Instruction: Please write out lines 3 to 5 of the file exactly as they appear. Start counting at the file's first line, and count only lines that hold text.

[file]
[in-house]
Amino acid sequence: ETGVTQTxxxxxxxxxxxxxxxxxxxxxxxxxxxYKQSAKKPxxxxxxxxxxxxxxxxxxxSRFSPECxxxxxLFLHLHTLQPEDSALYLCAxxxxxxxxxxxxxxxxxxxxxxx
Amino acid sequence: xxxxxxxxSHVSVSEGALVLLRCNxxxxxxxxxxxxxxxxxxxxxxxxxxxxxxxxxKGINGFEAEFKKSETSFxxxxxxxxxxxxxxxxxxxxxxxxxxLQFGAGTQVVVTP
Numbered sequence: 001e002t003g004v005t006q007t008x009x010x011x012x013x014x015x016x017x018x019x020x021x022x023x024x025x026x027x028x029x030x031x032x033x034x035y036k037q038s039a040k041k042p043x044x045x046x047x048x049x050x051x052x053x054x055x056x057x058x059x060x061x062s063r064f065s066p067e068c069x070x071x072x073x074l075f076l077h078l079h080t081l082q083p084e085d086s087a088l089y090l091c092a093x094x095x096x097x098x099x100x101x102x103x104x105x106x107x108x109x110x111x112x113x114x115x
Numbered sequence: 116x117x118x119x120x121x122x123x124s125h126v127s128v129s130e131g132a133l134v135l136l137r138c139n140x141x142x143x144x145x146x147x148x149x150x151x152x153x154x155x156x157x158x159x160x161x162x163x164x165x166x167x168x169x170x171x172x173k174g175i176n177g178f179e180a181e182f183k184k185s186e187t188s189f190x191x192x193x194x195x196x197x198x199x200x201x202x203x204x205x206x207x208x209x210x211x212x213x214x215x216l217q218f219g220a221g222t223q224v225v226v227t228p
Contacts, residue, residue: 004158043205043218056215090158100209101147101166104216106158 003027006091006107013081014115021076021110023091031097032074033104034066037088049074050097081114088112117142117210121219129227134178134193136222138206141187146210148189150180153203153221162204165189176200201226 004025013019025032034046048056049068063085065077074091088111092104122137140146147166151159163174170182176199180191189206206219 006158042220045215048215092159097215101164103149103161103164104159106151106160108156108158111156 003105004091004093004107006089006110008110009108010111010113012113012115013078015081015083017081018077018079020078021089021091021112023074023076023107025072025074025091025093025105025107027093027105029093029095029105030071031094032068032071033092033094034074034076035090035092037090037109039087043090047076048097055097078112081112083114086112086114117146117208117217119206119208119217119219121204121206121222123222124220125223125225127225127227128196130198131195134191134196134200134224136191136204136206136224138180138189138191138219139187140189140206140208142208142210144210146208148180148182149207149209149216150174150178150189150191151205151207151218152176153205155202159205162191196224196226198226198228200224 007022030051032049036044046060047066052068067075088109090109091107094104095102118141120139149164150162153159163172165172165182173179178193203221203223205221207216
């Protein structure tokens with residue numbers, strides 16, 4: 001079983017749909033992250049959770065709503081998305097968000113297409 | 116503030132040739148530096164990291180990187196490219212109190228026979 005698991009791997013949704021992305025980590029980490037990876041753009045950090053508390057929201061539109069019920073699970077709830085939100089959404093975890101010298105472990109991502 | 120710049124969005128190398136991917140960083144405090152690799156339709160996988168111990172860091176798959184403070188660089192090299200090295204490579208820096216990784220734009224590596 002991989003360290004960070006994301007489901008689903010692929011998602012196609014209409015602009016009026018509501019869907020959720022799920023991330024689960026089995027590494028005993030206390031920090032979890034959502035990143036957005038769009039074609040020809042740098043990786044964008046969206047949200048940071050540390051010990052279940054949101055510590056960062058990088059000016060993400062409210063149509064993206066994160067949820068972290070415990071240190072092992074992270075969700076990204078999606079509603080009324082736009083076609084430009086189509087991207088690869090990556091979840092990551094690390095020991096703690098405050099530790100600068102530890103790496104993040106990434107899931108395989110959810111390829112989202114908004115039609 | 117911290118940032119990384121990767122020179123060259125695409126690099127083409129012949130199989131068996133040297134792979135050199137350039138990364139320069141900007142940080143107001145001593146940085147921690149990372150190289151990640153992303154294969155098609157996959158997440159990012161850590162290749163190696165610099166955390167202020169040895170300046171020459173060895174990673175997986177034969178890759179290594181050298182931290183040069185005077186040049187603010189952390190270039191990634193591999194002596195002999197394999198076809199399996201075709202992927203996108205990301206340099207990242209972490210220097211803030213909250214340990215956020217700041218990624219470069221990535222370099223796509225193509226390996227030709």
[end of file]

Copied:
Amino acid sequence: xxxxxxxxSHVSVSEGALVLLRCNxxxxxxxxxxxxxxxxxxxxxxxxxxxxxxxxxKGINGFEAEFKKSETSFxxxxxxxxxxxxxxxxxxxxxxxxxxLQFGAGTQVVVTP
Numbered sequence: 001e002t003g004v005t006q007t008x009x010x011x012x013x014x015x016x017x018x019x020x021x022x023x024x025x026x027x028x029x030x031x032x033x034x035y036k037q038s039a040k041k042p043x044x045x046x047x048x049x050x051x052x053x054x055x056x057x058x059x060x061x062s063r064f065s066p067e068c069x070x071x072x073x074l075f076l077h078l079h080t081l082q083p084e085d086s087a088l089y090l091c092a093x094x095x096x097x098x099x100x101x102x103x104x105x106x107x108x109x110x111x112x113x114x115x
Numbered sequence: 116x117x118x119x120x121x122x123x124s125h126v127s128v129s130e131g132a133l134v135l136l137r138c139n140x141x142x143x144x145x146x147x148x149x150x151x152x153x154x155x156x157x158x159x160x161x162x163x164x165x166x167x168x169x170x171x172x173k174g175i176n177g178f179e180a181e182f183k184k185s186e187t188s189f190x191x192x193x194x195x196x197x198x199x200x201x202x203x204x205x206x207x208x209x210x211x212x213x214x215x216l217q218f219g220a221g222t223q224v225v226v227t228p